PORTLAND'S NEW DIRECTOR of transportation, it seems, has something for everyone.

Portlanders who worry the city can't pay to fix its roads—let alone run a streetcar, rebuild bridges, or add bike lanes—should cheer for Leah Treat's financial background. During a stint in Washington, DC, Treat found a way to quadruple parking meter revenue, according to her boss at the time.

And Treat—introduced Tuesday, June 18, as the victor in a nationwide search for a new Portland Bureau of Transportation (PBOT) head—says she's an avid and committed cyclist. She told reporters in a conference call that she'd like to see more Portlanders astride bikes. So mark one, too, for the city's active-transport types.

The challenge that now lies before the 42-year-old—who will pack up her family this summer and depart a high-level job in the Chicago Department of Transportation—is quickly acquainting herself with Portland's unique situation.

The city, of course, faces limited resources and competing demands familiar to governments the world over. In recent months PBOT has been hammered by audits that found it hasn't prioritized well, and has serious funding challenges.

But those are also set against a backdrop of an environmentally conscious populace, fond of its status as a smart-growth leader but loath to have its auto use curtailed.

And it's clear Treat faces a learning curve. She says she loves Portland, but admitted her experience with the city has been limited. She wasn't able to offer specifics yet on potential new funding sources—which both Mayor Charlie Hales and Transportation Commissioner Steve Novick plan to make a priority, maybe as soon as next year—or what her first priorities will be.

"I need to get there and get a better sense of what I'm inheriting," Treat says. "Right now it's like a jigsaw puzzle with all the pieces lying on the floor."

She did express a sense that PBOT is suffering. Its employees "are not empowered or feel disenfranchised or are disgruntled, or something is missing in terms of their morale," Treat says, conceding that might not be an accurate or complete appraisal. "I think I'm going to be able to stand up the transportation department pretty quickly."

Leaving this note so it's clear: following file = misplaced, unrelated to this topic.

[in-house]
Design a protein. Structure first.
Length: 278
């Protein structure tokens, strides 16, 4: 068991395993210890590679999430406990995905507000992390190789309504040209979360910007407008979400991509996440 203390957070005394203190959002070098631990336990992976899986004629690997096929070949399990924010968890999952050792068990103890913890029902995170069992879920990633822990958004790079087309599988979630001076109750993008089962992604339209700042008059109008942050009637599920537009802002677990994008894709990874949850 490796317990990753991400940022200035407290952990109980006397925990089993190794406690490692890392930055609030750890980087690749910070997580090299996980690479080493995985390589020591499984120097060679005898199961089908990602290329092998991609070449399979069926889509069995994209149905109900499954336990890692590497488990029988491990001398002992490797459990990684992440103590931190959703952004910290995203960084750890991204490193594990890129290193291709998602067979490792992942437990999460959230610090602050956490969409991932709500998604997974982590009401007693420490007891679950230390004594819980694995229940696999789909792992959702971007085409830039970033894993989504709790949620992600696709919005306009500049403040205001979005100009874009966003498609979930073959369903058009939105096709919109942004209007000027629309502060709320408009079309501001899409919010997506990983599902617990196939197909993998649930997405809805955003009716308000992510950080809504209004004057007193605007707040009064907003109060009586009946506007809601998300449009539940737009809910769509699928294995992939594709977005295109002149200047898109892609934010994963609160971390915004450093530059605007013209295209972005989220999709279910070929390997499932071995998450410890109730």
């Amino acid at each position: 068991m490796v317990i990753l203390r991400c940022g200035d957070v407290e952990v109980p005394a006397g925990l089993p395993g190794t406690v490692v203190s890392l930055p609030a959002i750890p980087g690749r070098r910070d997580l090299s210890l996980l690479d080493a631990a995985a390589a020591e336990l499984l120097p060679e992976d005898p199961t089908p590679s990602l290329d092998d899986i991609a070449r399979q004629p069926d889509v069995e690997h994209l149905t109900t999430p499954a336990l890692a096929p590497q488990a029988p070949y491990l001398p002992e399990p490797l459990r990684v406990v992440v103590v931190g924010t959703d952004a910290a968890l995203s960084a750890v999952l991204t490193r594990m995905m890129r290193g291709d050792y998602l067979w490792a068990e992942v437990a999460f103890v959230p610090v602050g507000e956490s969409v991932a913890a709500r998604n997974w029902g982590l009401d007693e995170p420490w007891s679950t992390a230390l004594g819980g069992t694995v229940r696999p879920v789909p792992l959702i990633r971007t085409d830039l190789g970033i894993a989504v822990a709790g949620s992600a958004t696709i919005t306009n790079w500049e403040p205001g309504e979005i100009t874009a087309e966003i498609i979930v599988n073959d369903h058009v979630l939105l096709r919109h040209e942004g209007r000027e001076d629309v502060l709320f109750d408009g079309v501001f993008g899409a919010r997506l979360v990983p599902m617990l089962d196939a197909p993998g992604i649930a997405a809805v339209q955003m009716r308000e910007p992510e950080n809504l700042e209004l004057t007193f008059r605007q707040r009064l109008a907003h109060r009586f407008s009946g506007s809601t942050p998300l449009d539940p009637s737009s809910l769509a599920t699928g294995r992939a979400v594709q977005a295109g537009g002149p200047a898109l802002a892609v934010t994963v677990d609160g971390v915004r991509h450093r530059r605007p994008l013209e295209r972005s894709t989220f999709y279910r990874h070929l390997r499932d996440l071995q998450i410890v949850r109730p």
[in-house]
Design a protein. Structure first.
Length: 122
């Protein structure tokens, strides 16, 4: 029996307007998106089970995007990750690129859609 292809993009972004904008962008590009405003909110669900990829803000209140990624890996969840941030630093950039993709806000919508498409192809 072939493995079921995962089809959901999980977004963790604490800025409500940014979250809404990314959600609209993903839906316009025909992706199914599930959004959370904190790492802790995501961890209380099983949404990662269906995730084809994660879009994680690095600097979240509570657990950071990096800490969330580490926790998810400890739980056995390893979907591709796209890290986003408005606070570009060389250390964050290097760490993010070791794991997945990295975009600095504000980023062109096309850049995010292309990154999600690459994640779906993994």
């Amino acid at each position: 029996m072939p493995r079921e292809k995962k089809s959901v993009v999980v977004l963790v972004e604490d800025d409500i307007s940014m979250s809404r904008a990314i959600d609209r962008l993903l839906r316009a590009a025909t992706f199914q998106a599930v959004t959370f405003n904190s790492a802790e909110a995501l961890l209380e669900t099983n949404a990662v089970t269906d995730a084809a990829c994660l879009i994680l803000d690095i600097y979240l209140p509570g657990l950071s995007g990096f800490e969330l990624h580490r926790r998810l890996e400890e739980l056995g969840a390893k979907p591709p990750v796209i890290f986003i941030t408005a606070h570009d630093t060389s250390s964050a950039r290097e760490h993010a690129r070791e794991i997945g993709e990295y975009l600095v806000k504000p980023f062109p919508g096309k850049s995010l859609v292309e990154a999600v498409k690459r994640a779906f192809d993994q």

Originally from New Mexico, Treat forged her reputation as a financial wonk in DC—where she held various city jobs from 1999 to 2009. That year, she joined DC's department of transportation, helping then-Director Gabe Klein manage a $1.5 billion portfolio while leading a team charged with generating revenue.

In 2011, she followed Klein to Chicago, where she serves as his chief of staff and as a managing deputy commissioner of transportation. According to her résumé, Treat manages $1 billion in transportation projects—including installing 30 miles of bike lanes and awarding a 4,000-bike contract to Portland-based Alta Bicycle Share.

"She's been integral to the success we've had in DC and Chicago," Klein, with his own formidable national reputation, told the Mercury.

Treat's financial background held sway with Novick, who listed it first in a list of attributes he'd keyed in on. He joked it doesn't hurt Treat is "somebody with a bit of a gritty, non-Portland edge, frankly. It's an extra bonus to be able to steal someone out from under [Chicago Mayor] Rahm Emanuel."

PBOT's been without a permanent leader since January, when Hales pushed out Director Tom Miller, who'd served as former Mayor Sam Adams' chief of staff, and announced a national search. Former Maintenance Director John "Toby" Widmer has filled in since.

The director search drew 44 applicants, eventually whittled to Treat and Ruben Anthony, a former high-level staffer at the Wisconsin Department of Transportation who currently works for Milwaukee-based engineering and architecture firm Bloom Companies, LLC.

Klein says Portland has made the right choice.

"I think you guys really scored."